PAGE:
6. It will be seen that, besides the sum of Rs. 2,868-4-0 advanced in cash, the mortgage covers a debt due by the debtor to Thangathammal herself on a promissory note for Rs. 600 dated 12th December, 1933 (Ex. XV). Now, the respondent does not dispute these transactions. Taking advantage however of the endorsements of payments on Exs. XII and XV which are dated respectively 7th October, 1937, and 6th October, 1937, he contends that Rs. 2,868-4-0 was actually paid by Thangathammal to the appellants only on 7th October, 1937, and that, therefore, according to the decisions of this Court holding that payments made and appropriated towards interest after 1st October, 1937, are liable to be readjusted towards the principal by virtue of the provisions of the Madras Agriculturists' Relief Act, all interest outstanding on 1st October, 1937, being wiped out under that Act, the said sum of Rs. 2,868-4-0 should go in reduction of the principal due under the mortgage Ex. I. It appears the endorsement on the mortgage (Ex. I-a) originally recited that the sum of Rs. 2,868-4-0 was paid ' on that day that is, on 7th October, 1937, and that this was scored out and words corresponding that 'on the first day of September,' were interlined. The endorsement as well as the interlineation is in the handwriting of Thangathammal who made the payment on behalf of the respondent debtor but she has not been examined. A receipt Ex. XVII was also produced bearing date 1st September, 1937, and reciting inter alia, that Thangathammal remitted a sum of Rs. 2,894 by a bank draft on 14th August, 1937, and that out of it Rs. 2868-4-0 was appropriated towards interest due on the mortgage debt now in question in accordance with the directions contained in the mortgage deed, Ex. XII, executed in favour of Thangathammal. The respondent attacked the genuineness of the altered endorsement and the receipt referred to above, suggesting that both must have been brought into existence after the Madras Agriculturists' Relief Act was passed in March, 1938, so as to evade the provisions of that Act. The Court below has accepted this suggestion and found that the alteration as well as the receipt was a subsequent fabrication. The appellants did not seriously contest this conclusion and we agree with it. The Court below has also found that certain other documents, Exs. XIII, XIII-a, XIV and XlV-a which, if true, would prove the appellant's case to the hilt, are similar fabrications though as it seems to us, on somewhat slender grounds, but we are not prepared to differ from this view. The question, however, is whether even when stripped of these false trappings, the lineaments of truth are not sufficiently discernible in the appellant's case. It may be mentioned here that Mr. Seshagiri Sastri did not dispute the proposition that if Thangathammal was shown to have sent the amount to the appellant before 1st September, 1937, the execution of the mortgage Ex. XII by the respondent in her favour on that date, with the specific directions to her to pay the amount to the appellants towards the interest due on the debt now in question, would automatically operate as a payment by her to the appellants made on behalf of the respondent specifically towards interest, and that the appropriation of such payment would be outside the mischief of Act IV of 1938.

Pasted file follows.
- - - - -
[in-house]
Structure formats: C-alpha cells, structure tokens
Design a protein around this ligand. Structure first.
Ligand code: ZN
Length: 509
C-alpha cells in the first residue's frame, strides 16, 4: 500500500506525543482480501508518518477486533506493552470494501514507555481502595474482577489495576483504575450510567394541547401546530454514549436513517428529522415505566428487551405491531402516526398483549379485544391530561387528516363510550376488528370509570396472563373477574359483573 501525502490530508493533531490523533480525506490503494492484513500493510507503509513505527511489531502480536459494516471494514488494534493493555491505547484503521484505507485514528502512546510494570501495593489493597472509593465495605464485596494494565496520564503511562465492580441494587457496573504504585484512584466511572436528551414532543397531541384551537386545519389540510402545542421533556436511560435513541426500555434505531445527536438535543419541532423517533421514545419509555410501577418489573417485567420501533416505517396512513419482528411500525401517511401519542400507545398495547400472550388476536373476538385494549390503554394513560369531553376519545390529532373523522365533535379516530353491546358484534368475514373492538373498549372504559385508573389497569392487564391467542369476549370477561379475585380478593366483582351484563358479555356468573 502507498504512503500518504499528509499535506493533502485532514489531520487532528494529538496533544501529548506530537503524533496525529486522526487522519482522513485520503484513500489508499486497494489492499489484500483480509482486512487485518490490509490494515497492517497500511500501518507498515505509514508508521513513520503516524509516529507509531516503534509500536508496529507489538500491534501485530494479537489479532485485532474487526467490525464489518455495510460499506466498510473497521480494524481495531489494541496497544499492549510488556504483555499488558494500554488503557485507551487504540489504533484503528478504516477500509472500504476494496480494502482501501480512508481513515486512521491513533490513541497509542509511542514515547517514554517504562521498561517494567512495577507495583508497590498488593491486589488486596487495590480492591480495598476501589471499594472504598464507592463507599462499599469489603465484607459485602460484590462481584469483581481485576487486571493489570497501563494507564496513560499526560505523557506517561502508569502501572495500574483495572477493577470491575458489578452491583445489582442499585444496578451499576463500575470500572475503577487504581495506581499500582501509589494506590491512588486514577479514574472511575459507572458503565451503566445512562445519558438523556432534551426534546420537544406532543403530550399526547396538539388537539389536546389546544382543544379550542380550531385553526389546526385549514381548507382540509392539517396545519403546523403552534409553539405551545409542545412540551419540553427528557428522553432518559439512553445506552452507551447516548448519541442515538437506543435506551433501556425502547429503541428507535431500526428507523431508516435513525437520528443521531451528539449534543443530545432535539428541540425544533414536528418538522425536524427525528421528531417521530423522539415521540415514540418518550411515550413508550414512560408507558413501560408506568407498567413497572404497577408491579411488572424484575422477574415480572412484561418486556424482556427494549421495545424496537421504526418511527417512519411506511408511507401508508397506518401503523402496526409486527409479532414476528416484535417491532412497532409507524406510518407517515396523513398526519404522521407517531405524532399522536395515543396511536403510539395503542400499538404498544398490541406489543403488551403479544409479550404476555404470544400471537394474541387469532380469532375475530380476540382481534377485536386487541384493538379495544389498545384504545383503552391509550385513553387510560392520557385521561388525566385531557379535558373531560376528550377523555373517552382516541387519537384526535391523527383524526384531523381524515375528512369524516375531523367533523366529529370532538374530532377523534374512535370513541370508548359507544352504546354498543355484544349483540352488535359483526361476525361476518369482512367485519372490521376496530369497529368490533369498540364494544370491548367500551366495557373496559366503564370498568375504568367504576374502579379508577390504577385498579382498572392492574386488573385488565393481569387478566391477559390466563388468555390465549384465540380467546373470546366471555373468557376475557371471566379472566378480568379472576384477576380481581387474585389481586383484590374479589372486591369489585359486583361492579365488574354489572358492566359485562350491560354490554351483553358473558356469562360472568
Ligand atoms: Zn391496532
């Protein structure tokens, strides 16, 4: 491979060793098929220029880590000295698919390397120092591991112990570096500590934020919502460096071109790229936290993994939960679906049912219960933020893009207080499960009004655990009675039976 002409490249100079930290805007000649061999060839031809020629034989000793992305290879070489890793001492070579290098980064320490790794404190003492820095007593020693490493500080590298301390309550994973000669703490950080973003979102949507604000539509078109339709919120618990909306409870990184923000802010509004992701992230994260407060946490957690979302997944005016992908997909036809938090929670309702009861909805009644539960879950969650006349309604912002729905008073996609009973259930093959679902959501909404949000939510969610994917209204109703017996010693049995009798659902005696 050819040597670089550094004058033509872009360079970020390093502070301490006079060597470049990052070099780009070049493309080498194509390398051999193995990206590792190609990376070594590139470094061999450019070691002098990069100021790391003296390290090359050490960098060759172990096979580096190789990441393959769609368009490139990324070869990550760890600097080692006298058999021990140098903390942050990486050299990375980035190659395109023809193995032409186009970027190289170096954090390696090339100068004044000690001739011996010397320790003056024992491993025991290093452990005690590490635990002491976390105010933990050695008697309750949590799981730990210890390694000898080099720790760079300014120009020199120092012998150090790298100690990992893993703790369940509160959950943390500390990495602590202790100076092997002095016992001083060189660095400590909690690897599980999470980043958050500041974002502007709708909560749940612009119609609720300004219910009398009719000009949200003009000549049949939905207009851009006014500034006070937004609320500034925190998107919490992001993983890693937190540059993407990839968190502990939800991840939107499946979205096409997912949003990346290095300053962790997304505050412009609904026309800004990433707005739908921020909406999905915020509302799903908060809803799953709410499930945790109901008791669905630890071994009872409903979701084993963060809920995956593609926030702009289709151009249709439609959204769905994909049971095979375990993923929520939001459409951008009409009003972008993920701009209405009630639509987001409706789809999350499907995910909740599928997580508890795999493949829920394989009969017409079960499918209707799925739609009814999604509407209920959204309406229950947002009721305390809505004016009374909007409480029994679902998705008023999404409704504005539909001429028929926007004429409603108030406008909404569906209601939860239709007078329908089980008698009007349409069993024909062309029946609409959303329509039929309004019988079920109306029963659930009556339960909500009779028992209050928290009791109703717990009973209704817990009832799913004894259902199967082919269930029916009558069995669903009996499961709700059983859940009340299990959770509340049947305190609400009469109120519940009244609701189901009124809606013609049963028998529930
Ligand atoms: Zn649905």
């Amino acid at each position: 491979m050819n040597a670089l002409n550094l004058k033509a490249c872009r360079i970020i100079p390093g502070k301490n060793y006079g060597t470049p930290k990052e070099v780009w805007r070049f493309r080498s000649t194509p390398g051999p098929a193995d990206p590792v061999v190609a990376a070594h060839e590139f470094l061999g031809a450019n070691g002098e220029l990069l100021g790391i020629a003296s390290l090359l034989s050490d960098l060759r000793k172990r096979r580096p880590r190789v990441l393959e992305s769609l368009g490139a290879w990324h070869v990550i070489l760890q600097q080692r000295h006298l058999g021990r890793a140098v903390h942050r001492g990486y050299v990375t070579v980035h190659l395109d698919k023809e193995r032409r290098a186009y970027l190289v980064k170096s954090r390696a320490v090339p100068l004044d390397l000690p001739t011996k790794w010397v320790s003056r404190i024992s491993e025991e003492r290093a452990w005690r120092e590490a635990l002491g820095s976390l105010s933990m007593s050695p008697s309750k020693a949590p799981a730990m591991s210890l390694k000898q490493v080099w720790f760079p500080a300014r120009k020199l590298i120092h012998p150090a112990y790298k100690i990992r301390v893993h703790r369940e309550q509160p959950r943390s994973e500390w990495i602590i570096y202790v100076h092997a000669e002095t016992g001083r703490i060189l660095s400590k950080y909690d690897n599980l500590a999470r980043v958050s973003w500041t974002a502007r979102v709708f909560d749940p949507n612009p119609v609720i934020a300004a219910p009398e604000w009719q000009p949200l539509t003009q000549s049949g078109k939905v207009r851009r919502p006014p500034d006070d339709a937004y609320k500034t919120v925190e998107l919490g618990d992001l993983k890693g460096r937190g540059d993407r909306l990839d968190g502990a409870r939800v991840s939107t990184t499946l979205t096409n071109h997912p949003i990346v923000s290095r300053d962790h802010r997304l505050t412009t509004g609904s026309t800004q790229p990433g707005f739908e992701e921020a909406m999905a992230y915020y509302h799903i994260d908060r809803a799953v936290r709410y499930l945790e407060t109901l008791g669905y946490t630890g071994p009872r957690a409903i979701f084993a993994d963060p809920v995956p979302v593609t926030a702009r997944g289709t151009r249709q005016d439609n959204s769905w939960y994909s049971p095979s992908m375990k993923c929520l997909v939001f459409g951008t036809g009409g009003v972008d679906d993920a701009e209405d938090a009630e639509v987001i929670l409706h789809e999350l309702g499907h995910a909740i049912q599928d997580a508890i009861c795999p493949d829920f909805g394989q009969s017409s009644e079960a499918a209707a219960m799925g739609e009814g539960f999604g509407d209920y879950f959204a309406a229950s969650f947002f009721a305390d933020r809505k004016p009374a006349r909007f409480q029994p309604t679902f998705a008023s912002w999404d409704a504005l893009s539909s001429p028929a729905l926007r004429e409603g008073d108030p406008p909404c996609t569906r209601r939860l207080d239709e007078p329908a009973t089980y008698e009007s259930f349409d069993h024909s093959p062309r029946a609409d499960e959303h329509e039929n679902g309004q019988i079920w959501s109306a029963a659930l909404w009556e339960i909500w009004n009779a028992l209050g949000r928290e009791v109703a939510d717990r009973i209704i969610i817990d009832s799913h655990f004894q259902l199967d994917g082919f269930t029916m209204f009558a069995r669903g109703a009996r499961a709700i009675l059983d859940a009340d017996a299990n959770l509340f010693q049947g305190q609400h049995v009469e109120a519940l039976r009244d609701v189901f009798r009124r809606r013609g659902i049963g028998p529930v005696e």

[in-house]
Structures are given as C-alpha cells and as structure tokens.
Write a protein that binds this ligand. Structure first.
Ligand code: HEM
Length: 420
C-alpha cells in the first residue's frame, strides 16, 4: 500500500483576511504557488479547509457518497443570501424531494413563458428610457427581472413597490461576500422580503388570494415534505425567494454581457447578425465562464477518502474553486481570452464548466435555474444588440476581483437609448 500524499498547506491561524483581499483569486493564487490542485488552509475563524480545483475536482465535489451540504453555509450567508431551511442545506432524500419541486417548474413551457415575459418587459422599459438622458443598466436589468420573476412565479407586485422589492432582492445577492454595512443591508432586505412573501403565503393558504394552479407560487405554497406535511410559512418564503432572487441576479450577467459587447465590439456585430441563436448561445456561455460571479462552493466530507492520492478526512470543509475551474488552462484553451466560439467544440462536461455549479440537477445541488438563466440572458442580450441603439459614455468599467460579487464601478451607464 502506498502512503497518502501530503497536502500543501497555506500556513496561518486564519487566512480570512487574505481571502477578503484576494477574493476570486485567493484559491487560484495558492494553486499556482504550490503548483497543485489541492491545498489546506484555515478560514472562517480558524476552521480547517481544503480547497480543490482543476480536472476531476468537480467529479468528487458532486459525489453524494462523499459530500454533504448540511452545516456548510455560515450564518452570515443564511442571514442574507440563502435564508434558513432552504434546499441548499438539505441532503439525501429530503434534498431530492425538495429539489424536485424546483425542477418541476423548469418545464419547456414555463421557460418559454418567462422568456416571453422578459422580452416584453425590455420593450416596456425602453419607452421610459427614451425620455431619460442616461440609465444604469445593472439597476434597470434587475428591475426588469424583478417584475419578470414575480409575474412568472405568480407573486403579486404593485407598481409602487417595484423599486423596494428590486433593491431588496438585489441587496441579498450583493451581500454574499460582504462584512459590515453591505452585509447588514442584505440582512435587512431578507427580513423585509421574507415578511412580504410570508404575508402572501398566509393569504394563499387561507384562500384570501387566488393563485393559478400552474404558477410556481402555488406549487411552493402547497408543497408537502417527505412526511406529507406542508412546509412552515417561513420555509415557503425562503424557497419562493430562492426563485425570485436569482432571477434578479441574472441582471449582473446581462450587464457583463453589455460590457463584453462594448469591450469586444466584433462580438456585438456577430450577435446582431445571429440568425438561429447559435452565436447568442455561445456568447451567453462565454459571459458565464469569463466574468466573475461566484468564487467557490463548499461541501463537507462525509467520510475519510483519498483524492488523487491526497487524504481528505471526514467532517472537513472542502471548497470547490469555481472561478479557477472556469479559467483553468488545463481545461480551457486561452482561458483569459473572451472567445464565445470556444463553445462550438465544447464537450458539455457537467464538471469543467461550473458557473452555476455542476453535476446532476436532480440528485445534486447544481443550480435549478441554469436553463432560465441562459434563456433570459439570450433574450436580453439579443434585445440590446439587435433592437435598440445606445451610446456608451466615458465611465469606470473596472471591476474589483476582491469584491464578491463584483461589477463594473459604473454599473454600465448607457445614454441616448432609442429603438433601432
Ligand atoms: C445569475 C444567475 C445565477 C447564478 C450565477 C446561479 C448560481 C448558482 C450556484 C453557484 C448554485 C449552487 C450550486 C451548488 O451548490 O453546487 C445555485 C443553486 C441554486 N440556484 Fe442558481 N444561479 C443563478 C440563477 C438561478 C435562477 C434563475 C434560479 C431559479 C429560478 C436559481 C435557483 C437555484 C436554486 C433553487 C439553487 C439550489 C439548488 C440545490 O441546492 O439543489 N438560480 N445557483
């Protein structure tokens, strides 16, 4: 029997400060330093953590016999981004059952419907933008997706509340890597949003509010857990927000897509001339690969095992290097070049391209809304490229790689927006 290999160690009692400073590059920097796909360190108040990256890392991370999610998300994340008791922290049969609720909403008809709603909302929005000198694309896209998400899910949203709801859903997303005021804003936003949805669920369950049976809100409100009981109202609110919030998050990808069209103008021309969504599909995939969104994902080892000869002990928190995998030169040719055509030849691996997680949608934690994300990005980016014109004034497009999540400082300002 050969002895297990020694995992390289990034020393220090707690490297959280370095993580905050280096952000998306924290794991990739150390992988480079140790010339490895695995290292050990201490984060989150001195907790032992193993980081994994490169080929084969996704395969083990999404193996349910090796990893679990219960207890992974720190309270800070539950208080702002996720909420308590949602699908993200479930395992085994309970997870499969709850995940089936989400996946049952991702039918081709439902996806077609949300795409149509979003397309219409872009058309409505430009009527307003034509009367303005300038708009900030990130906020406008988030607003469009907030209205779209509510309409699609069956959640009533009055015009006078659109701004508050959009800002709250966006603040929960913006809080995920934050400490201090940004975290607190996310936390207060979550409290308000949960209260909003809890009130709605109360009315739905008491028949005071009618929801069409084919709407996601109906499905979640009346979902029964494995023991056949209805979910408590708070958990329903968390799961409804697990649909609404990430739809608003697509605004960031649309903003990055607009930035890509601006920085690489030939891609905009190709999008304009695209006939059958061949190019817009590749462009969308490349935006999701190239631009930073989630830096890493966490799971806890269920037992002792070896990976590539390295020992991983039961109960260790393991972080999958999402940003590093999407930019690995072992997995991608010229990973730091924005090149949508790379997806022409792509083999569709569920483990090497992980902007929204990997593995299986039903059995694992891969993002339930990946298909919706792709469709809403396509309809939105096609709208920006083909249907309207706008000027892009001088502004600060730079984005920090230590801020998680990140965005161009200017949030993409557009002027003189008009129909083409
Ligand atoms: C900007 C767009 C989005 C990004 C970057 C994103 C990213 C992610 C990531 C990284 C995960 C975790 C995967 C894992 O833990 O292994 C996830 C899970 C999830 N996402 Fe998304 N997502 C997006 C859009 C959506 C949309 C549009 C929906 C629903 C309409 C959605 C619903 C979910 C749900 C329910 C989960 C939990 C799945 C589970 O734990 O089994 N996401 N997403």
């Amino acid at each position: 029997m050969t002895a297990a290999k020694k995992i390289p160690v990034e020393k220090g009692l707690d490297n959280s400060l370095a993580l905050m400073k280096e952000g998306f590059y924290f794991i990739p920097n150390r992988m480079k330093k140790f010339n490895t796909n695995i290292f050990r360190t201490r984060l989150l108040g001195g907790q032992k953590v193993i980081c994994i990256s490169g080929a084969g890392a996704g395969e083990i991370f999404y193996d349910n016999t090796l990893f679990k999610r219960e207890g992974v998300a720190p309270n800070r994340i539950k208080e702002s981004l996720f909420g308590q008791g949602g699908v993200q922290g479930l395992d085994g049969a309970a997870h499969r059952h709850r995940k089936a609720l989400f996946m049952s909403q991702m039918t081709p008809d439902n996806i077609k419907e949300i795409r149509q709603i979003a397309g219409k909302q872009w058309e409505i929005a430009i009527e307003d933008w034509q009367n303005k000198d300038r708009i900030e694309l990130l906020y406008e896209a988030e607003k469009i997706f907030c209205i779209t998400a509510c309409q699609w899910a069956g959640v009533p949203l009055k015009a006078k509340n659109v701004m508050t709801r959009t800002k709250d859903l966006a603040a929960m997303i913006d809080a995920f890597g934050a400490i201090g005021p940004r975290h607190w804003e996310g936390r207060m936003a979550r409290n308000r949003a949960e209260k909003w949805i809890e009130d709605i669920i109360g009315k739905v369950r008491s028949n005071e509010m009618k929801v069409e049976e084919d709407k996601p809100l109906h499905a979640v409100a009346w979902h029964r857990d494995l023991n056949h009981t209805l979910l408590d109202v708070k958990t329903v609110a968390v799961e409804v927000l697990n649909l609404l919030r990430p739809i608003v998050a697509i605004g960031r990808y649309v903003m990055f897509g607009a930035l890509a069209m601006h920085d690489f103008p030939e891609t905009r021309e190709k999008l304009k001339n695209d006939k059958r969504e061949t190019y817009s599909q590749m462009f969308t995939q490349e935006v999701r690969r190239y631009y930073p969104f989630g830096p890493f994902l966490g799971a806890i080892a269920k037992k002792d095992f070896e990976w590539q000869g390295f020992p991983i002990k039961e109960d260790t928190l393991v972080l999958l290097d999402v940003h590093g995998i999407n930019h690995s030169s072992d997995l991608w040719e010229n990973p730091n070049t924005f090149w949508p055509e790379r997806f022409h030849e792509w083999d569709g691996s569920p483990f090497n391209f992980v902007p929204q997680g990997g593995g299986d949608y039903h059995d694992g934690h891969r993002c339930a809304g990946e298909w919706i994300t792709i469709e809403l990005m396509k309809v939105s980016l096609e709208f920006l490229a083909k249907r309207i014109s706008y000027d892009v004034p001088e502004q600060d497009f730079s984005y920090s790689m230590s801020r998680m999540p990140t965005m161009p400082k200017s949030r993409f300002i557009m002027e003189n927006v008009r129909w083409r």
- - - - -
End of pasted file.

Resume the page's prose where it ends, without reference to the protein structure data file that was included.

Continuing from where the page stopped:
7. As observed already, the appellant's case was that they received from Thangathammal by a bank draft on 13th August, 1937, a sum of Rs. 2,894 out of which Rs. 2868-4-0 was appropriated by him in terms of the directions contained in her mortgage, Ex. XII. On the other hand, the respondent took his stand on the recital in the original endorsement Ex. I-a dated 7th October, 1937, that the sum of Rs. 2,868-4-0 was paid ' on that date and suggested that the earlier remittance by bank draft had nothing to do with the payment towards the debt in question. It may be stated at once that there is no evidence, apart from the endorsement, on the mortgage, Ex. I, that any sum was paid by Thangathammal to the appellants on 7th October, 1937, or, for that matter, at any time after the execution of her mortgage, Ex. XII on 1st September, 1937, and before 7th October, 1937. The appellants, however, strongly relied on the post card Ex. XXIV written by the son of Thangathammal to the second appellant on 18th July, I937,as showing that the appellants had already proposed that Thangathammal should lend money to the respondent so as to enable him to pay off a portion of the interest due under the mortgage Ex. I and that the proposal was under discussion. It must be admitted that the terms of the letter taken by themselves are not clear as to what transaction the parties were discussing, The writer (that is Thanga-thammal's son) says:
At present for immediate payment I can give Rs. 3,300 or Rs. 3,400. Even in this, I can give only the balance after deducting Rs. 600. So please reply regarding all particulars without fail. If you want me to send the money immediately I shall obtain a crossed draft from the Indo-Commercial Bank and send it to you.